Breathtaking Rainbows Over the Worlds Largest Waterfall

At 5,600 feet (or one mile) wide, as high as 354 feet, and with 23 million gallons of water pouring over its edge every minute, Victoria Falls holds the prestigious title as the largest waterfall in the world. Located on the border of Zambia and Zimbabwe in Africa, the waterfall has also been called the Greatest Falling Curtain of Water on the Planet and is listed as one of the Seven Natural Wonders of the World (alongside the Grand Canyon, the Great Barrier Reef, the Harbour of Rio de Janeiro, Mount Everest, the Aurora Borealis and the Paricutin volcano.)

To give you an idea of just how big this natural phenomenon is, it’s twice as high as the Niagara Falls and well over twice the width of Niagara’s Horseshoe Falls. The force of the water sends mist up into the air that can be felt from about 19 miles away.

For photographers, this is a must-visit destination, not only because of all the breathtaking views but because you can capture beautiful rainbows there during the day and at night. Victoria Falls is one of a limited number of sites around the world where you can see a moonbow or lunar rainbow. (As you may recall, a normal rainbow is the product of sunlight reflecting through water and a lunar rainbow is the result of moonlight reflecting through water.)

One of the most beautiful shots of the falls is by photographer Nicole Cambr (see above). “Capturing the rainbow over the falls was more challenging than I thought especially with the spray,” she writes on her 500px page. “On Livingstone Island, on top of the falls, I finally managed to capture this full rainbow.”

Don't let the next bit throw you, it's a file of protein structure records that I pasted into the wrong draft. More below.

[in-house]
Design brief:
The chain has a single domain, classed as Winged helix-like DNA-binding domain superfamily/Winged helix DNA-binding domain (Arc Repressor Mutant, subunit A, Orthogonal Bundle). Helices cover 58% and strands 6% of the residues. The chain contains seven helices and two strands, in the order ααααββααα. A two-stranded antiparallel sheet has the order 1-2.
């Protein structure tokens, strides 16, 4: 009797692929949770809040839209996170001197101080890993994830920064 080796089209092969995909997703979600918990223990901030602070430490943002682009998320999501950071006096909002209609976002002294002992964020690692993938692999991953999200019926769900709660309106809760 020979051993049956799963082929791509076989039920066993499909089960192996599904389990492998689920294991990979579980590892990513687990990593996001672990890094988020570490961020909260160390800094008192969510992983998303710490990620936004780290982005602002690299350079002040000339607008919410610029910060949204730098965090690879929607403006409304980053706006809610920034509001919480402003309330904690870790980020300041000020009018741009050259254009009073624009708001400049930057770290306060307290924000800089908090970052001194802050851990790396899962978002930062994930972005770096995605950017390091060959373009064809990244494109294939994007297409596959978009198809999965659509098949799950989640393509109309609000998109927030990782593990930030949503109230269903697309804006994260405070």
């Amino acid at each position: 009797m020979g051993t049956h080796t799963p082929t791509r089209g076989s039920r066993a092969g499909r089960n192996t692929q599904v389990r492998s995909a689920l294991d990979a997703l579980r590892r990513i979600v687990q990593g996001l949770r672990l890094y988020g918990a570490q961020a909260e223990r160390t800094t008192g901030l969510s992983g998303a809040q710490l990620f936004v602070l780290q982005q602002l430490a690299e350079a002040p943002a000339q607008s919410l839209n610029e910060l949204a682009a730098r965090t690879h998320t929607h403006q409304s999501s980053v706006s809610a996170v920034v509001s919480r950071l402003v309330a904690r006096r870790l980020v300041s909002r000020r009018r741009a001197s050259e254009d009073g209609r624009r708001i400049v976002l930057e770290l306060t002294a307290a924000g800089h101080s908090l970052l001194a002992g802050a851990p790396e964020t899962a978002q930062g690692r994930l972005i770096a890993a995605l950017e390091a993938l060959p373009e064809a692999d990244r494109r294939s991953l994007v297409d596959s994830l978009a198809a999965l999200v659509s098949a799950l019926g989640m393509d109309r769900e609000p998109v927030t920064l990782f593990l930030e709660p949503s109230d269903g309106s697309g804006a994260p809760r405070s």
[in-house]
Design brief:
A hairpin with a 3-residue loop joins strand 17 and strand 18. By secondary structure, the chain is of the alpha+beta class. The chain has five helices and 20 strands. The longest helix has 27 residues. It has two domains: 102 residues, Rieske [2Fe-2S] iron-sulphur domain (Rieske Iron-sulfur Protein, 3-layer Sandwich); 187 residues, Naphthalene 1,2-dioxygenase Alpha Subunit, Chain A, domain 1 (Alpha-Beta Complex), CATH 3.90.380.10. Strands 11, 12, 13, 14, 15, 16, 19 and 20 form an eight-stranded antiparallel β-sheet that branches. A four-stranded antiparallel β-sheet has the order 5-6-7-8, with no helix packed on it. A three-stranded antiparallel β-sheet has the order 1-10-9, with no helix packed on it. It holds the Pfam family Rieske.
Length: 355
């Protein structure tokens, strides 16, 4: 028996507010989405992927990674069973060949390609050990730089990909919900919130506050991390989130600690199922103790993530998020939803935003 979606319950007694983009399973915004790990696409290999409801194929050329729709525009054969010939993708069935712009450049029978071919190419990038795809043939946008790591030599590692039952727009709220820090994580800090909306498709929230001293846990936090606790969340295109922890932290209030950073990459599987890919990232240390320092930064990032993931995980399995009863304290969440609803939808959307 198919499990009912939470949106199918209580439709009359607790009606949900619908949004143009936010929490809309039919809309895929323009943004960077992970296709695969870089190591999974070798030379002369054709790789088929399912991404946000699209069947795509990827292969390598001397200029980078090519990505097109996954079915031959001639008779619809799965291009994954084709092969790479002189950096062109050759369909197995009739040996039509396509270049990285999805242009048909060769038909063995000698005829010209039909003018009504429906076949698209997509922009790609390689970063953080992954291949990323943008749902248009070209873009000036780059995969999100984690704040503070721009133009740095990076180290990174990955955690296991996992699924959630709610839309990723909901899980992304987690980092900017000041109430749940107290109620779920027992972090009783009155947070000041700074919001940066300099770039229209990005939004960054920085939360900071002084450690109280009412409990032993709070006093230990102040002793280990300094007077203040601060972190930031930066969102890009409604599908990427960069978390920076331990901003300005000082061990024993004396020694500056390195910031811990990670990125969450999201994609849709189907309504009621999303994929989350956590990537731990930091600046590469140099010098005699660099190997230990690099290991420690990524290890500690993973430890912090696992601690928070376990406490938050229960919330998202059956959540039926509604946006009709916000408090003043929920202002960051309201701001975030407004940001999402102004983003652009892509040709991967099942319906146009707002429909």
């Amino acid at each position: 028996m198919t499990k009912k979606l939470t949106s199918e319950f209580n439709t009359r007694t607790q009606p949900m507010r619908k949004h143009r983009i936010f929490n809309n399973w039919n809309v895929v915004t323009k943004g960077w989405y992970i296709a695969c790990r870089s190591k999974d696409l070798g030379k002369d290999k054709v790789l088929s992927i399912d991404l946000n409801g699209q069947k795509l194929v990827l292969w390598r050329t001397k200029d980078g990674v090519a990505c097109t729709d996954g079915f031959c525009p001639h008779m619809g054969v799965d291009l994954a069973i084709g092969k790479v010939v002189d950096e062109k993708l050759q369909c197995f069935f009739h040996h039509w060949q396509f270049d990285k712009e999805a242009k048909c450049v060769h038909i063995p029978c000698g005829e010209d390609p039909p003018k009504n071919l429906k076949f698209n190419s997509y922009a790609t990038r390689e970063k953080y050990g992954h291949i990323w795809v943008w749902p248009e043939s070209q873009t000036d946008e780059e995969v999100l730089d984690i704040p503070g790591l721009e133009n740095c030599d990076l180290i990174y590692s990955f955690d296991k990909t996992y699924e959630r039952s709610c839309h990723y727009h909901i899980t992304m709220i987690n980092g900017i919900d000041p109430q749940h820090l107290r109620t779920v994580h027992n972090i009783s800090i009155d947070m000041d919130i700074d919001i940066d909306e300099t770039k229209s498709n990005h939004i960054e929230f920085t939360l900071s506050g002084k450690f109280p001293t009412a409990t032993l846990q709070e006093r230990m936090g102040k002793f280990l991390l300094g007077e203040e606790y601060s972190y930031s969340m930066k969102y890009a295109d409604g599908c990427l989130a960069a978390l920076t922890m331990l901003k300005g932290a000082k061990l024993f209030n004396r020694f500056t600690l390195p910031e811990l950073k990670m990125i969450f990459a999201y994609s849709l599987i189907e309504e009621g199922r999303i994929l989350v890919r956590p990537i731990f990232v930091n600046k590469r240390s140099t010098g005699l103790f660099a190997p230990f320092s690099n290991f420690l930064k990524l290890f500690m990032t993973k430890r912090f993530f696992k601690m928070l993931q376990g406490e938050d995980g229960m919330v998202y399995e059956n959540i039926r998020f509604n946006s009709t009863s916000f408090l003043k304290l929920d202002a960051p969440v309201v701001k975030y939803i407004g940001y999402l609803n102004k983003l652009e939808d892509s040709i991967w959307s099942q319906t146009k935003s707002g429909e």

Now, here are our top 12 photos of rainbows over Victoria Falls.

Photo credit: Aubrey Stoll

Photo credit: Pascal Boegli

Photo credit: Hougaard Malan

Photo credit: blerimi-prizren

Photo credit: Karine Aigner

Photo credit: Joan Sabate

Photo credit: davidkiene

Photo credit: Christian Heeb

Photo credit: BeechcraftMUC

Photo credit: Bajerski Jean-Pierre

Photo credit: deannamairephotography


For those a little daring, travel during the dry season (or the months of September to December) when the river's flow is at a safe enough level that you can swim right to the waterfall’s edge. As Wikitravel states, “You will have the opportunity to stand in shallow water, 2 inches (literally) from where the water gushes over the edge of the falls, and swim in Devil’s Pool, a reasonable current-free pool a couple of feet from the top of the falls, close enough to lean over the edge. This makes fantastic photo opportunities with a permanent rainbow from the mist of the falls behind you”. (Or, if you’re extremely adventurous, you could be like these daredevil kayakers.)

Victoria Falls Guide website

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